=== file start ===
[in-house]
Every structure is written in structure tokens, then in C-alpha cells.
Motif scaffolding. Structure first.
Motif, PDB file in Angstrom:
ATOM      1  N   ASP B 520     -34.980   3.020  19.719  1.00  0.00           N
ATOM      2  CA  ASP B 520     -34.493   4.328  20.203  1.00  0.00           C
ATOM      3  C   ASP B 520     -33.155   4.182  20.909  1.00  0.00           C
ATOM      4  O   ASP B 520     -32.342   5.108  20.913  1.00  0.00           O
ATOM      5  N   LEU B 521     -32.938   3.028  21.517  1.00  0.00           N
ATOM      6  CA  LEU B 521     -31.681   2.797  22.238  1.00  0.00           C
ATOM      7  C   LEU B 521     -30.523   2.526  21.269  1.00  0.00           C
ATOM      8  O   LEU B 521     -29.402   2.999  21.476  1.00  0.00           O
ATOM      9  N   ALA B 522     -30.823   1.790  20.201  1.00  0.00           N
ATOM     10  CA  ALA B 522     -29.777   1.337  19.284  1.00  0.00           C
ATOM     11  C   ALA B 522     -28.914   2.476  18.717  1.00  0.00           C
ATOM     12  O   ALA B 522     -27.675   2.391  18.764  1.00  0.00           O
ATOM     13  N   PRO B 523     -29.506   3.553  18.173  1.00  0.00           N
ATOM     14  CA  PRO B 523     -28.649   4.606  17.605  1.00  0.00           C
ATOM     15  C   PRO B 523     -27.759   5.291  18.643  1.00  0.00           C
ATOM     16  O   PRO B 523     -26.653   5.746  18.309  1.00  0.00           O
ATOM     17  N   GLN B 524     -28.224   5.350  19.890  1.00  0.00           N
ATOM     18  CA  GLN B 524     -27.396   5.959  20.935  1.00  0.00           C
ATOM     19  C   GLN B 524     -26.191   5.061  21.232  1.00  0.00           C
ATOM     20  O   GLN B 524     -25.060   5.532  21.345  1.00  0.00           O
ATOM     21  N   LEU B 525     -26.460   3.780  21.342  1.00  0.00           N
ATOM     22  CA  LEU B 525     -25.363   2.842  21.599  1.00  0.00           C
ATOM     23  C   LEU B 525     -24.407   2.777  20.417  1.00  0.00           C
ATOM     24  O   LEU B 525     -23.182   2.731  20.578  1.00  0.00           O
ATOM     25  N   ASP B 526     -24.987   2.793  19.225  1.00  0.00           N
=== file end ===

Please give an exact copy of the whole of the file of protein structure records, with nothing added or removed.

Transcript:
[in-house]
Every structure is written in structure tokens, then in C-alpha cells.
Motif scaffolding. Structure first.
Motif, PDB file in Angstrom:
ATOM      1  N   ASP B 520     -34.980   3.020  19.719  1.00  0.00           N
ATOM      2  CA  ASP B 520     -34.493   4.328  20.203  1.00  0.00           C
ATOM      3  C   ASP B 520     -33.155   4.182  20.909  1.00  0.00           C
ATOM      4  O   ASP B 520     -32.342   5.108  20.913  1.00  0.00           O
ATOM      5  N   LEU B 521     -32.938   3.028  21.517  1.00  0.00           N
ATOM      6  CA  LEU B 521     -31.681   2.797  22.238  1.00  0.00           C
ATOM      7  C   LEU B 521     -30.523   2.526  21.269  1.00  0.00           C
ATOM      8  O   LEU B 521     -29.402   2.999  21.476  1.00  0.00           O
ATOM      9  N   ALA B 522     -30.823   1.790  20.201  1.00  0.00           N
ATOM     10  CA  ALA B 522     -29.777   1.337  19.284  1.00  0.00           C
ATOM     11  C   ALA B 522     -28.914   2.476  18.717  1.00  0.00           C
ATOM     12  O   ALA B 522     -27.675   2.391  18.764  1.00  0.00           O
ATOM     13  N   PRO B 523     -29.506   3.553  18.173  1.00  0.00           N
ATOM     14  CA  PRO B 523     -28.649   4.606  17.605  1.00  0.00           C
ATOM     15  C   PRO B 523     -27.759   5.291  18.643  1.00  0.00           C
ATOM     16  O   PRO B 523     -26.653   5.746  18.309  1.00  0.00           O
ATOM     17  N   GLN B 524     -28.224   5.350  19.890  1.00  0.00           N
ATOM     18  CA  GLN B 524     -27.396   5.959  20.935  1.00  0.00           C
ATOM     19  C   GLN B 524     -26.191   5.061  21.232  1.00  0.00           C
ATOM     20  O   GLN B 524     -25.060   5.532  21.345  1.00  0.00           O
ATOM     21  N   LEU B 525     -26.460   3.780  21.342  1.00  0.00           N
ATOM     22  CA  LEU B 525     -25.363   2.842  21.599  1.00  0.00           C
ATOM     23  C   LEU B 525     -24.407   2.777  20.417  1.00  0.00           C
ATOM     24  O   LEU B 525     -23.182   2.731  20.578  1.00  0.00           O
ATOM     25  N   ASP B 526     -24.987   2.793  19.225  1.00  0.00           N